Cleaning the Aisles.

Retail powerhouses, Alibaba and Amazon, grew from similar roots. Both e-commerce giants were started by individuals obsessed with technology disruption. Now, they dominate the world’s largest economies, China and the United States, building ecosystems of services around the mutual mindset that the customer is the center of their universe.

In comparison, in terms of revenue reports, as of August of last year, Amazon is the clear breadwinner, outweighing Alibaba 177.9 billion (USD) to 23.82 billion (USD). Per share, Amazon made $314.52 versus Alibaba’s $10.52. More in depth metrics however, such as operating margins and quarterly earnings progress, reveal Alibaba had substantially more impressive numbers. Alibaba held a 32.68% operating margin compared to Amazon’s 2.31%. In terms of quarterly earnings, Alibaba had a staggering 94.50% growth to Amazon’s -77.00%. This can be attributed to more than just the lower trading costs. Amazon’s price-earnings ratio is 326 while Alibaba is at 37.11.

Alibaba is already operating in a much larger market, double that of the United States, with China being the largest. For approximately 20 hours a week, there are 560 million internet users within the country. Out of that number, Alibaba has 350 million active customers responsible for skyrocketing sales across not one, but two of their retail sites.

These two companies, when dissected, are operating with two different business models. Amazon began as a B2C business, business to consumer whereas Alibaba started off as a B2B, business to business. Now, Amazon is operating a marketplace involving more third-party transactions. Alibaba has expanded from B2B to both business to consumer and consumer to consumer, which has widely broadened their playing field.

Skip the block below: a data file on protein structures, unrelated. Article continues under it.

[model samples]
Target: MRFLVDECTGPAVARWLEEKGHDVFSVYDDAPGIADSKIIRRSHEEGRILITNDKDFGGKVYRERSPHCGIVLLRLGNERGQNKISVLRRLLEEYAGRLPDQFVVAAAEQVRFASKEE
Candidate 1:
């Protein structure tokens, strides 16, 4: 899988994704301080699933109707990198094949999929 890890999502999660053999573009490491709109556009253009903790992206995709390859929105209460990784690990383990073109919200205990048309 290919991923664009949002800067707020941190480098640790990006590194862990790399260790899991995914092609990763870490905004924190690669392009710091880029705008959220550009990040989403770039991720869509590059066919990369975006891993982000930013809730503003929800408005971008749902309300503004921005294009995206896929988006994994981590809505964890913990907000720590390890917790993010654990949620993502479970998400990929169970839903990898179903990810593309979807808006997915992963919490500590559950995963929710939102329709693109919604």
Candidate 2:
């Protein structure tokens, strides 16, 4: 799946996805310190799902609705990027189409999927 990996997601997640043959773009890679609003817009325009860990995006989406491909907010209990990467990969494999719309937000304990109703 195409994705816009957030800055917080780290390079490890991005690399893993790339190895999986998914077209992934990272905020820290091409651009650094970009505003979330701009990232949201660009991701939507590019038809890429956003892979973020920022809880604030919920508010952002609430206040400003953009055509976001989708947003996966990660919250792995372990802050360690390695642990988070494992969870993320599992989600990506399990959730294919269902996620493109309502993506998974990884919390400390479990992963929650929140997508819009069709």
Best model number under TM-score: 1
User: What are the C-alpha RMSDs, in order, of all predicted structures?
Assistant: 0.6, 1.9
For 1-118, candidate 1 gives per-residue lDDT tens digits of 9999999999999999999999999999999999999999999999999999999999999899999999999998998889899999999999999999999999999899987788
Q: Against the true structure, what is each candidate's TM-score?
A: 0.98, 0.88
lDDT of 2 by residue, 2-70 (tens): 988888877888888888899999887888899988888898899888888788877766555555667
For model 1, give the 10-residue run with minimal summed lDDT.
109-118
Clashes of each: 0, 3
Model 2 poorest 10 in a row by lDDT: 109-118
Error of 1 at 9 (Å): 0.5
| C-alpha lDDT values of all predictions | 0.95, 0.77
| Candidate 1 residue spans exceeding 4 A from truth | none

Despite the different business models, both are impacting the world’s retail environment dramatically. Alibaba is using modern technology with pop-up stores including their online payment system, electronic price tags, facial recognition, and even the ability to virtually try on items. Jack Ma, co -founder of the Alibaba group, has made it apparent that the company is taking on a “retail as entertainment” approach, by curating an experience rather than just simply business.

On the other side of the game, Amazon, most recently, is changing the way Americans buy groceries. With the recent acquisition of Whole Foods and an immediate stock jump of 27%, it is safe to say, people are on board. Jeff Bezos, Amazon’s CEO, has expressed his goal to cut prices while maintaining a commitment to high quality products. In-store benefits and transformed POS systems are “just the beginning” according to the head honcho. What does he mean exactly? Well, maybe the recent unveiling of the Amazon Go store with its Just Walk Out technology can give us a clue. Yes, Amazon has created a store where customers can literally just walk out, no lines, no cashiers. Oh, the possibilities.

These ecosystems created by these two companies give the brick and mortar stores no choice, but to embrace technology and rise to their level. Most, however, are playing catchup with incremental innovation. Both companies are blurring the walls of these brick and mortar stores with online commerce.

Disruption is here and happening, next we will bring you the retailer whose aisles are being cleaned out by Amazon or Alibaba.